Hi,

Option Explicit
Dim strPath
Dim objshell
Dim iwordwrap

strPath="HKCU\Software\Microsoft\Windows\CurrentVersion\Ext\Settings\{601ED020-FB6C-11D3-87D8-0050DA59922B}\Flags"
Set objSHell=CreateObject("WScript.Shell")
iWordWrap = objShell.RegRead(strPath)

objShell.RegWrite strPath, 1, "REG_DWORD"



This appears to be the "Set objShell= CreateObject("Wscript.Shell")" line.

Any help would be appreciated

Thanks
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0
Nevermind... guess putting "End" at the end would have helped. :)
Answered 08/11/2009 by: Secondlaw
Third Degree Blue Belt

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0
Ok, I guess that wasn't it afterall.

Anyone have any ideas?
Answered 08/11/2009 by: Secondlaw
Third Degree Blue Belt

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0
Here is all you need for creating the key, writing a string value anda dword value via vbscript.

Just modifiy the path you need...


Const HKEY_CLASSES_ROOT = &H80000000
Const HKEY_CURRENT_USER = &H80000001
Const HKEY_LOCAL_MACHINE = &H80000002
Const HKEY_USERS = &H80000003
Const HKEY_CURRENT_CONFIG = &H80000005
Const HKEY_DYN_DATA = &H80000006

strComputer = "."
Set StdOut = WScript.StdOut

Set oReg=GetObject("winmgmts:{impersonationLevel=impersonate}!\\" &_
strComputer & "\root\default:StdRegProv")

strKeyPath = "SOFTWARE\Test"
oReg.CreateKey HKEY_LOCAL_MACHINE,strKeyPath

strKeyPath = "SOFTWARE\Test"
strValueName = "This is a Test"
strValue = "testfolder"
oReg.SetStringValue HKEY_LOCAL_MACHINE,strKeyPath,strValueName,strValue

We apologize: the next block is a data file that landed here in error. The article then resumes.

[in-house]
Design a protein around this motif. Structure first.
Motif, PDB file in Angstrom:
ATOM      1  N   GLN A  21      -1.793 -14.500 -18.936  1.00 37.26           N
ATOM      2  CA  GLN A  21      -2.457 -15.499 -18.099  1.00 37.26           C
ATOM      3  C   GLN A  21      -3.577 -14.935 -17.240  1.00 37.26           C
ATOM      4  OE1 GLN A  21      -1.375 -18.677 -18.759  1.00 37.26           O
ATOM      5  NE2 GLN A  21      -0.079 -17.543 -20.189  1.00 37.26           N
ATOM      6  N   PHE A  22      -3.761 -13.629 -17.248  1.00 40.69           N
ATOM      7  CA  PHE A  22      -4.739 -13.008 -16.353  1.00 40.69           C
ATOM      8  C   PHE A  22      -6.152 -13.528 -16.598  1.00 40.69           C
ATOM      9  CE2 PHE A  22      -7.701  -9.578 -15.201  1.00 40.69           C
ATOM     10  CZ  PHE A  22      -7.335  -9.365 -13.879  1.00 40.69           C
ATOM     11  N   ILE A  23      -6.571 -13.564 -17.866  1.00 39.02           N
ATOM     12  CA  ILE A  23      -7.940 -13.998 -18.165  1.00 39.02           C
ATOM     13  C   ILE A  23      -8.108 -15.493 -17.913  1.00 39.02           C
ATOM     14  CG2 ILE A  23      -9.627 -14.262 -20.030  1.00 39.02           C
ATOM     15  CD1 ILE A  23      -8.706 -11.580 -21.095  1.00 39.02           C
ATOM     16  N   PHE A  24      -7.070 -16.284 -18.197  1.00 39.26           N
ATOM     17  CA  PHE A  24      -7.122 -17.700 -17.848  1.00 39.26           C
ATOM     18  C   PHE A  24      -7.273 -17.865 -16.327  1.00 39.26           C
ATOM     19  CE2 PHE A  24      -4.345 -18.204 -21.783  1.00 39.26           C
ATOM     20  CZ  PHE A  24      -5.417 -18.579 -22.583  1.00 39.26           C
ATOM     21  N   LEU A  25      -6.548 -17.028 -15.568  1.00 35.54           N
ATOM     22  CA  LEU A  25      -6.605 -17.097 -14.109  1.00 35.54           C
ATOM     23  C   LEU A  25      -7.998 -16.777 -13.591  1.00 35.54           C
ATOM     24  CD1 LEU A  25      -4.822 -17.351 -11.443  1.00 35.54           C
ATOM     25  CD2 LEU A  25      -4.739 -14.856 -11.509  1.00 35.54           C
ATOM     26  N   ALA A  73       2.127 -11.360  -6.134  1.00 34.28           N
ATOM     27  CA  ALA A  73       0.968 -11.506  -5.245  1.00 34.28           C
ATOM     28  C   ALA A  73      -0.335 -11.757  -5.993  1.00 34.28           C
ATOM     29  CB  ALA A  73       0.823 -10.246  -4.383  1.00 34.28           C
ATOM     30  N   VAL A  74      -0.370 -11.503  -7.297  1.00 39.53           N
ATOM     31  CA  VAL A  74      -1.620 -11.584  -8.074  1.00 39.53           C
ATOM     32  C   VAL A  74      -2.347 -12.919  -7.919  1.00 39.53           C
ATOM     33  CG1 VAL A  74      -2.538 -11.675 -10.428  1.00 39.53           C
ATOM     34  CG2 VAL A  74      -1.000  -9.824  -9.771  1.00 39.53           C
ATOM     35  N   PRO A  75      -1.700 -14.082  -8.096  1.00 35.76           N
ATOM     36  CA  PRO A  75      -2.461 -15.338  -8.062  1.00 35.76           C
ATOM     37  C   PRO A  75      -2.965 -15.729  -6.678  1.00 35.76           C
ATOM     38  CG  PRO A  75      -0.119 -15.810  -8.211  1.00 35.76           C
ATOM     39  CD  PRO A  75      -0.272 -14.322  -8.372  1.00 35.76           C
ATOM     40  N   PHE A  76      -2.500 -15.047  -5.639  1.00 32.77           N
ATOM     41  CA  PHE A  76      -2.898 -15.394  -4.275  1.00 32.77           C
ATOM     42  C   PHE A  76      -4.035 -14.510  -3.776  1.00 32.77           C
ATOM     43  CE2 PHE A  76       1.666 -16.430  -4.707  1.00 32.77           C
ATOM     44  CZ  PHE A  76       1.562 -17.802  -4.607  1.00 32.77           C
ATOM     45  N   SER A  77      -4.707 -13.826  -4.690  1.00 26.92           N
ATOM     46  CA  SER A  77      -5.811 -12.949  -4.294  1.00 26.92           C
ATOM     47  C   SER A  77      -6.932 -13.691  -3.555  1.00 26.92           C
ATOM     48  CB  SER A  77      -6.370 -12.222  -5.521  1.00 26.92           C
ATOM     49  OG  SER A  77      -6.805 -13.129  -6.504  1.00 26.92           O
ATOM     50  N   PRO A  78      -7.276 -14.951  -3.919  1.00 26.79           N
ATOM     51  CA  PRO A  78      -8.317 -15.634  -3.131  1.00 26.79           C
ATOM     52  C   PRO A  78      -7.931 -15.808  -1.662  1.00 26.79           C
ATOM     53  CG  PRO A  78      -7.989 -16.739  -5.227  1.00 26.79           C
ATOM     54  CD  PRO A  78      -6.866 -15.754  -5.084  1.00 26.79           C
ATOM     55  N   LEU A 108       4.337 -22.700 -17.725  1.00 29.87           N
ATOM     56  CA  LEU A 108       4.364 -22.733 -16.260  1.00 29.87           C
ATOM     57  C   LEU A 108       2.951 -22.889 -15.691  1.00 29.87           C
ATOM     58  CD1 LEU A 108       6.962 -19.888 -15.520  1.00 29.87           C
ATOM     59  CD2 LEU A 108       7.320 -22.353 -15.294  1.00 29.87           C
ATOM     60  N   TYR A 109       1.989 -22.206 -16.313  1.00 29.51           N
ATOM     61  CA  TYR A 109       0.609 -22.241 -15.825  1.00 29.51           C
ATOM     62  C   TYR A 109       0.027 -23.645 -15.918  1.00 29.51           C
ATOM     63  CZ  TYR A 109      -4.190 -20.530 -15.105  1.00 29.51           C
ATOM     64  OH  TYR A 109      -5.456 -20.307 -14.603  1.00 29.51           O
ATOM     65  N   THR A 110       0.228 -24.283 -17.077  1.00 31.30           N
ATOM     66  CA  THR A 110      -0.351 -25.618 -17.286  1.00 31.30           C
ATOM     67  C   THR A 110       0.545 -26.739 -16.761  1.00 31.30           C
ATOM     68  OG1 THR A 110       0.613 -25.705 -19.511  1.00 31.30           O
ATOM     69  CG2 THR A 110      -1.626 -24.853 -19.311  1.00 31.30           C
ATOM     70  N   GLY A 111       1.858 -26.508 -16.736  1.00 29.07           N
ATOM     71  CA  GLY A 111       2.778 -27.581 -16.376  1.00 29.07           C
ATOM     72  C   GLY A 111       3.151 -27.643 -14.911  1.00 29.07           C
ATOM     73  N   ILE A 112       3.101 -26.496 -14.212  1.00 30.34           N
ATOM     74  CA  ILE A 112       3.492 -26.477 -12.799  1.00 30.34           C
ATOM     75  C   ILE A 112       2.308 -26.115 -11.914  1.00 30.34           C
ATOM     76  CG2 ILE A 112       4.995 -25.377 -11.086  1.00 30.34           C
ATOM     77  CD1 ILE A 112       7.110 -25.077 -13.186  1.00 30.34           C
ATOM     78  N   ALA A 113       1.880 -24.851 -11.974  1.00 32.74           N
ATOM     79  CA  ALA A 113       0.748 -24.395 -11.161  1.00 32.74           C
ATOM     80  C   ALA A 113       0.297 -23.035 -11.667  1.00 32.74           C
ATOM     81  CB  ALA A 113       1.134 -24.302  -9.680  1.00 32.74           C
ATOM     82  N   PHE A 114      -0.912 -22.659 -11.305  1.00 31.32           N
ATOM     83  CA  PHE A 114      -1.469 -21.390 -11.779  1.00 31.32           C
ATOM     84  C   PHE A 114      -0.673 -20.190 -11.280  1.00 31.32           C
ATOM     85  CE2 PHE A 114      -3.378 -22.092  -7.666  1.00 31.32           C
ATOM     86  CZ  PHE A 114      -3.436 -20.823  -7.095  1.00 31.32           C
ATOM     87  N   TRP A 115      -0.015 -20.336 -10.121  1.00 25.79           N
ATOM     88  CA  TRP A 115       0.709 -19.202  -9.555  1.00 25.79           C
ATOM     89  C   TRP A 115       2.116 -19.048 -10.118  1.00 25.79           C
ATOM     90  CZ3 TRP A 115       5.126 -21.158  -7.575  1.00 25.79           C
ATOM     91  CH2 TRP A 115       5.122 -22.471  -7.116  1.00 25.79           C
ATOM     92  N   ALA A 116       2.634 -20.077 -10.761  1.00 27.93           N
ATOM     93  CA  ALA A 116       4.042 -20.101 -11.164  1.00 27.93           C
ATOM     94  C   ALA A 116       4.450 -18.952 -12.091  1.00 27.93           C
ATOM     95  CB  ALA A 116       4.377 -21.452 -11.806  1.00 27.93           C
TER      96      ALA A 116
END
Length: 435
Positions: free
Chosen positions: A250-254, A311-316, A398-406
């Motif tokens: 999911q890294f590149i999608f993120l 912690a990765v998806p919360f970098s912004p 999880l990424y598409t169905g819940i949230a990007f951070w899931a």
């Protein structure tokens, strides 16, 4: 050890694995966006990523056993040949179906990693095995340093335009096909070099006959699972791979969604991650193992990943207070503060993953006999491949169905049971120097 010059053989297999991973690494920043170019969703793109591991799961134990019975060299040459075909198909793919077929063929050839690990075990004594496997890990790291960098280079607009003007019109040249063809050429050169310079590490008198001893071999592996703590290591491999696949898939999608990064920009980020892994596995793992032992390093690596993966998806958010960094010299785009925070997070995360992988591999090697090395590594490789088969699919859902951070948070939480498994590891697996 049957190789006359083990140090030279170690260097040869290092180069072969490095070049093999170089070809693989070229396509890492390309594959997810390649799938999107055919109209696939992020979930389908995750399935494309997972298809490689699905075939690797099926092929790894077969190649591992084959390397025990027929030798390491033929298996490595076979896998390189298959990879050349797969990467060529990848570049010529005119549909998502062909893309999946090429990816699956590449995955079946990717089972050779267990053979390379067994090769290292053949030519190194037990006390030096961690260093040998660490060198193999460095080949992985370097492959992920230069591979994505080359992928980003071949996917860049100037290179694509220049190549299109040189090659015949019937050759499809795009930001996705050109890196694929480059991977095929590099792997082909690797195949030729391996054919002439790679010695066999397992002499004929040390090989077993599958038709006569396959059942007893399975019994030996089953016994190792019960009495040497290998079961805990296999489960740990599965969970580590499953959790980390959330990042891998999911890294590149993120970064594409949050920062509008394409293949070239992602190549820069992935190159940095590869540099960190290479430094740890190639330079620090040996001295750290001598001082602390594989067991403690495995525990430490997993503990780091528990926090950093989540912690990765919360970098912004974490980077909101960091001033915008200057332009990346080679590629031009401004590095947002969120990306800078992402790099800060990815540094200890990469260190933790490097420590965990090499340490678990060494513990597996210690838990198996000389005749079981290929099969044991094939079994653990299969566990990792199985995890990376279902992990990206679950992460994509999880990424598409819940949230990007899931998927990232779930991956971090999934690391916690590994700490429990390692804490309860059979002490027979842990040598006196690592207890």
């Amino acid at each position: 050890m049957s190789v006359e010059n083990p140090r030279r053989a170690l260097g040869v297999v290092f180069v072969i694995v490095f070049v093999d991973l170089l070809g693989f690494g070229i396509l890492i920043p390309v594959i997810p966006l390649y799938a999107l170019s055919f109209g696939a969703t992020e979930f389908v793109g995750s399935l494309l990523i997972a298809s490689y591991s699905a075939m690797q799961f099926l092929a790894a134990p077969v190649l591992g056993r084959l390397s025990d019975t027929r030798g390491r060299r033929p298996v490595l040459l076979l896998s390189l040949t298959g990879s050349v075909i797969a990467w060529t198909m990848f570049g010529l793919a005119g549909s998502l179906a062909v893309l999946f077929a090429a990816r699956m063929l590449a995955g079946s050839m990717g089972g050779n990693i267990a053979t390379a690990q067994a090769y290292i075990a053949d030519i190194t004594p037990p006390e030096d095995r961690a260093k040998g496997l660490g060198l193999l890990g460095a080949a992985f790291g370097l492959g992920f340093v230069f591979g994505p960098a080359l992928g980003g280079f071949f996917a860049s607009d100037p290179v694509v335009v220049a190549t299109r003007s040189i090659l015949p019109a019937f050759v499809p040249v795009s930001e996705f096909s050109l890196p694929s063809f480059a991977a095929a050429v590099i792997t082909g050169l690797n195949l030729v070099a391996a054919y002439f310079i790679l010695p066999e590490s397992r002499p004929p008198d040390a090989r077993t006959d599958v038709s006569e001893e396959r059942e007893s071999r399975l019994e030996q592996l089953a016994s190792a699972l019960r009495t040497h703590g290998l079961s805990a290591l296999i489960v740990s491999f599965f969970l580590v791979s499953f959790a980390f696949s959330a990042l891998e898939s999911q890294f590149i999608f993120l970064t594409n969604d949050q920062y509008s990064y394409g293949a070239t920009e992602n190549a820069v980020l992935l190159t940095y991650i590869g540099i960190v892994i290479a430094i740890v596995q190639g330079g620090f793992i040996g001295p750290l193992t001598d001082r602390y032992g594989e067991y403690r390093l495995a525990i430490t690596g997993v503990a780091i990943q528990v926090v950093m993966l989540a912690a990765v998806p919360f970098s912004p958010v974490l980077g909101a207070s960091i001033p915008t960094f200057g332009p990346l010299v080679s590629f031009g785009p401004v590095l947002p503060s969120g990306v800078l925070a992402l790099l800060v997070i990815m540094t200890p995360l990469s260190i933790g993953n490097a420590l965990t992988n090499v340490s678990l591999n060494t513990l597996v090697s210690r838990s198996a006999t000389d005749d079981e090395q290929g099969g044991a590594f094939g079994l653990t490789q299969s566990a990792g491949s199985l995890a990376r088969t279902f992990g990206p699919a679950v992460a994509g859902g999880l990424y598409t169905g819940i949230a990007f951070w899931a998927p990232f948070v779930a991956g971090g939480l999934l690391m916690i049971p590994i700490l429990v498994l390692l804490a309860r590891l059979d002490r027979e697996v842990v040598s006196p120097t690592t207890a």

strValueName = "Testing"
dwValue = 82
oReg.SetDWORDValue HKEY_LOCAL_MACHINE,strKeyPath,strValueName,dwValue


Cheers
Answered 08/11/2009 by: McRip
Orange Senior Belt

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0
Excellent! Thank you.
Answered 08/12/2009 by: Secondlaw
Third Degree Blue Belt

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0
Why resort to script when you could have used the Registry table?!?
Answered 08/12/2009 by: VBScab
Red Belt

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Yep. And when dealing with IE Add-ons there's that pesky per user problem. How are you making sure the CA runs for all users when they log in? Like Ian said, use the reg table & let WI do the rest for you...
Answered 08/12/2009 by: kiptek
Second Degree Green Belt

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0
I think I have a good reason for this but I could be mistaken...

Once my software is installed, I open IE and the addin is enabled. 0 typically means off and 1 typically means on. However, with addins it's opposite... 1 is off and 0 is on. Go figure. So, I have used the registry table to give this value a 1. Now my script is working and the BHO is no longer an option in the IE addins section. The only issue I'm having is with this damned .dll being held hostage as you can see in my other thread... (Probably should have just added that stuff to this thread.)

That being said, this portion of the script is now working flawlessly.
Answered 08/12/2009 by: Secondlaw
Third Degree Blue Belt

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